Radiation injuries of the colon and rectum

D. P. Otchy, Heidi Nelson

Research output: Contribution to journalArticle

34 Citations (Scopus)

Abstract

Approximately 5% to 10% of patients receiving abdominopelvic radiation therapy will develop a colon or rectal injury. Thorough evaluation of the patient to determine the extent of the injury and the presence of concomitant lesions and to rule out recurrent malignancy is urged. Many radiation complications can be managed with medical regimens. Although colostomy remains a valuable and frequently utilized mode of treatment, it is by no means the sole alternative when surgical intervention is required. Rectal resection with colorectal or coloanal anastomosis can be performed safely for some injuries involving the distal rectum. Surgery for irradiated bowel should be focused on minimizing dissection to minimize injuries and on providing healthy non-irradiated tissues to provide adequate blood supply to promote healing. Patients who have received abdominopelvic radiation are at greater risk of developing colorectal cancer, and cancer surveillance should be commenced 5 years after completion of therapy.

Original languageEnglish (US)
Pages (from-to)1017-1035
Number of pages19
JournalSurgical Clinics of North America
Volume73
Issue number5
StatePublished - 1993

Fingerprint

Radiation Injuries
Rectum
Colon
Wounds and Injuries
Radiation
Colostomy
Dissection
Colorectal Neoplasms
Neoplasms
Radiotherapy
Therapeutics

ASJC Scopus subject areas

  • Surgery

Cite this

Radiation injuries of the colon and rectum. / Otchy, D. P.; Nelson, Heidi.

In: Surgical Clinics of North America, Vol. 73, No. 5, 1993, p. 1017-1035.

Research output: Contribution to journalArticle

Otchy, D. P. ; Nelson, Heidi. / Radiation injuries of the colon and rectum. In: Surgical Clinics of North America. 1993 ; Vol. 73, No. 5. pp. 1017-1035.
@article{2a300a1fdef041f4b0368f8d8a44cc03,
title = "Radiation injuries of the colon and rectum",
abstract = "Approximately 5{\%} to 10{\%} of patients receiving abdominopelvic radiation therapy will develop a colon or rectal injury. Thorough evaluation of the patient to determine the extent of the injury and the presence of concomitant lesions and to rule out recurrent malignancy is urged. Many radiation complications can be managed with medical regimens. Although colostomy remains a valuable and frequently utilized mode of treatment, it is by no means the sole alternative when surgical intervention is required. Rectal resection with colorectal or coloanal anastomosis can be performed safely for some injuries involving the distal rectum. Surgery for irradiated bowel should be focused on minimizing dissection to minimize injuries and on providing healthy non-irradiated tissues to provide adequate blood supply to promote healing. Patients who have received abdominopelvic radiation are at greater risk of developing colorectal cancer, and cancer surveillance should be commenced 5 years after completion of therapy.",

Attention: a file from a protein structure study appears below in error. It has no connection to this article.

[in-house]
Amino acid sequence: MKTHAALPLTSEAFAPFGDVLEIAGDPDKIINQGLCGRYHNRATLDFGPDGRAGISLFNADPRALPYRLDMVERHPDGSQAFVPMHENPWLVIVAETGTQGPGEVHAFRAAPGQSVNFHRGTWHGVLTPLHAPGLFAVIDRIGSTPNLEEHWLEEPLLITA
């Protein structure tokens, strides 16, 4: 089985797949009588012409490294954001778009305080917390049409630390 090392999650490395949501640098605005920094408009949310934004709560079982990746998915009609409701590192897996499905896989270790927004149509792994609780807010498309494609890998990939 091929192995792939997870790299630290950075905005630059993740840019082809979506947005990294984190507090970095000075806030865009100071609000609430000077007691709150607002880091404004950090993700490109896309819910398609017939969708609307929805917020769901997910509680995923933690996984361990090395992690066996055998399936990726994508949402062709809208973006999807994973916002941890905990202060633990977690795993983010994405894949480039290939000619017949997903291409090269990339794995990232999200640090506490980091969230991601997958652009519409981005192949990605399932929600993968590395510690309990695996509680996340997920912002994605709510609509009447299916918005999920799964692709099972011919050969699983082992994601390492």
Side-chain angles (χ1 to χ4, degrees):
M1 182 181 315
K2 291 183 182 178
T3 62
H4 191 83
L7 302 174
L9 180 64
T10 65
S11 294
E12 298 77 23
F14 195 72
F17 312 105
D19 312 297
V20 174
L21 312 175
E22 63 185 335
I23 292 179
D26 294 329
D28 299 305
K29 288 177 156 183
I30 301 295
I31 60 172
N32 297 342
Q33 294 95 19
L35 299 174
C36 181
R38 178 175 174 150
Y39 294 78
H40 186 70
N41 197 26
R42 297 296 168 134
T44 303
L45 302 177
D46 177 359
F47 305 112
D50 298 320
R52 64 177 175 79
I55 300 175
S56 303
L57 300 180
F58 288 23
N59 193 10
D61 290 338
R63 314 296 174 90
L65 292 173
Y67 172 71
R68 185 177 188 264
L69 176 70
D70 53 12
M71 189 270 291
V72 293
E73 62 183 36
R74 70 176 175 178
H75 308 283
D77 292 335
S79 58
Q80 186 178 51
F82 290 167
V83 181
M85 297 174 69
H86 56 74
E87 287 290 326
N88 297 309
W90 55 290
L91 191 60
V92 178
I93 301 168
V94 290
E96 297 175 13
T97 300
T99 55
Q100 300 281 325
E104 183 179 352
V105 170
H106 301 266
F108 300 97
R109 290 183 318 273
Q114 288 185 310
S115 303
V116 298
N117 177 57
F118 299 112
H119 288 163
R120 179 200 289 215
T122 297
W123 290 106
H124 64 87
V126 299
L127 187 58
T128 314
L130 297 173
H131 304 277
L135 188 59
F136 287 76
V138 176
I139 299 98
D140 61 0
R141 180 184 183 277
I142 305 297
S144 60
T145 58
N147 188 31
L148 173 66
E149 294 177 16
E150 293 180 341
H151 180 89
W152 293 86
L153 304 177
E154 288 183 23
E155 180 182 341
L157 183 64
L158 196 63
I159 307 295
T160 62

author = "Otchy, {D. P.} and Heidi Nelson",
year = "1993",
language = "English (US)",
volume = "73",
pages = "1017--1035",
journal = "Surgical Clinics of North America",
issn = "0039-6109",
publisher = "W.B. Saunders Ltd",
number = "5",

}

TY - JOUR

T1 - Radiation injuries of the colon and rectum

AU - Otchy, D. P.

AU - Nelson, Heidi

PY - 1993

Y1 - 1993

N2 - Approximately 5% to 10% of patients receiving abdominopelvic radiation therapy will develop a colon or rectal injury. Thorough evaluation of the patient to determine the extent of the injury and the presence of concomitant lesions and to rule out recurrent malignancy is urged. Many radiation complications can be managed with medical regimens. Although colostomy remains a valuable and frequently utilized mode of treatment, it is by no means the sole alternative when surgical intervention is required. Rectal resection with colorectal or coloanal anastomosis can be performed safely for some injuries involving the distal rectum. Surgery for irradiated bowel should be focused on minimizing dissection to minimize injuries and on providing healthy non-irradiated tissues to provide adequate blood supply to promote healing. Patients who have received abdominopelvic radiation are at greater risk of developing colorectal cancer, and cancer surveillance should be commenced 5 years after completion of therapy.

AB - Approximately 5% to 10% of patients receiving abdominopelvic radiation therapy will develop a colon or rectal injury. Thorough evaluation of the patient to determine the extent of the injury and the presence of concomitant lesions and to rule out recurrent malignancy is urged. Many radiation complications can be managed with medical regimens. Although colostomy remains a valuable and frequently utilized mode of treatment, it is by no means the sole alternative when surgical intervention is required. Rectal resection with colorectal or coloanal anastomosis can be performed safely for some injuries involving the distal rectum. Surgery for irradiated bowel should be focused on minimizing dissection to minimize injuries and on providing healthy non-irradiated tissues to provide adequate blood supply to promote healing. Patients who have received abdominopelvic radiation are at greater risk of developing colorectal cancer, and cancer surveillance should be commenced 5 years after completion of therapy.

UR - http://www.scopus.com/inward/record.url?scp=0027380795&partnerID=8YFLogxK

UR - http://www.scopus.com/inward/citedby.url?scp=0027380795&partnerID=8YFLogxK

M3 - Article

C2 - 8378826

AN - SCOPUS:0027380795

VL - 73

SP - 1017

EP - 1035

JO - Surgical Clinics of North America

JF - Surgical Clinics of North America

SN - 0039-6109

IS - 5

ER -